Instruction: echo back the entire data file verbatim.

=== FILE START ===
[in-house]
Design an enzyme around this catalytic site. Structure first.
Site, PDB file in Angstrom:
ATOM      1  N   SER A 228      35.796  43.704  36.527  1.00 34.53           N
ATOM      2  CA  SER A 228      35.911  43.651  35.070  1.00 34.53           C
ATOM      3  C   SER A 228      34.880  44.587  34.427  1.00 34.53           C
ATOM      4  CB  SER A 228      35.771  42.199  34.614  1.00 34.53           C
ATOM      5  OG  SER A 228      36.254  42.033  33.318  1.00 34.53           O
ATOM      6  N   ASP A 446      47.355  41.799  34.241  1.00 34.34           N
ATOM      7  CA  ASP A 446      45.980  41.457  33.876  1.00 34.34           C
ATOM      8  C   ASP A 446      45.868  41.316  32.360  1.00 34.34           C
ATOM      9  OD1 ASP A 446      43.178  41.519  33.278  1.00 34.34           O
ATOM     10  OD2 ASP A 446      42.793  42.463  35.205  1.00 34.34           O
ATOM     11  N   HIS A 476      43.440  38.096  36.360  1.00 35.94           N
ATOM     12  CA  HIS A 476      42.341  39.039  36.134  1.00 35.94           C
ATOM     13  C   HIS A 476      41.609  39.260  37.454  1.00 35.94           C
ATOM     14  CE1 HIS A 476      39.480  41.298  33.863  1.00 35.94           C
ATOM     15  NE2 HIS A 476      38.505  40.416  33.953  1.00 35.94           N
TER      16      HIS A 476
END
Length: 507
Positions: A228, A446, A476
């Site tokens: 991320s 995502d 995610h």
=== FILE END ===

[in-house]
Design an enzyme around this catalytic site. Structure first.
Site, PDB file in Angstrom:
ATOM      1  N   SER A 228      35.796  43.704  36.527  1.00 34.53           N
ATOM      2  CA  SER A 228      35.911  43.651  35.070  1.00 34.53           C
ATOM      3  C   SER A 228      34.880  44.587  34.427  1.00 34.53           C
ATOM      4  CB  SER A 228      35.771  42.199  34.614  1.00 34.53           C
ATOM      5  OG  SER A 228      36.254  42.033  33.318  1.00 34.53           O
ATOM      6  N   ASP A 446      47.355  41.799  34.241  1.00 34.34           N
ATOM      7  CA  ASP A 446      45.980  41.457  33.876  1.00 34.34           C
ATOM      8  C   ASP A 446      45.868  41.316  32.360  1.00 34.34           C
ATOM      9  OD1 ASP A 446      43.178  41.519  33.278  1.00 34.34           O
ATOM     10  OD2 ASP A 446      42.793  42.463  35.205  1.00 34.34           O
ATOM     11  N   HIS A 476      43.440  38.096  36.360  1.00 35.94           N
ATOM     12  CA  HIS A 476      42.341  39.039  36.134  1.00 35.94           C
ATOM     13  C   HIS A 476      41.609  39.260  37.454  1.00 35.94           C
ATOM     14  CE1 HIS A 476      39.480  41.298  33.863  1.00 35.94           C
ATOM     15  NE2 HIS A 476      38.505  40.416  33.953  1.00 35.94           N
TER      16      HIS A 476
END
Length: 507
Positions: A228, A446, A476
């Site tokens: 991320s 995502d 995610h």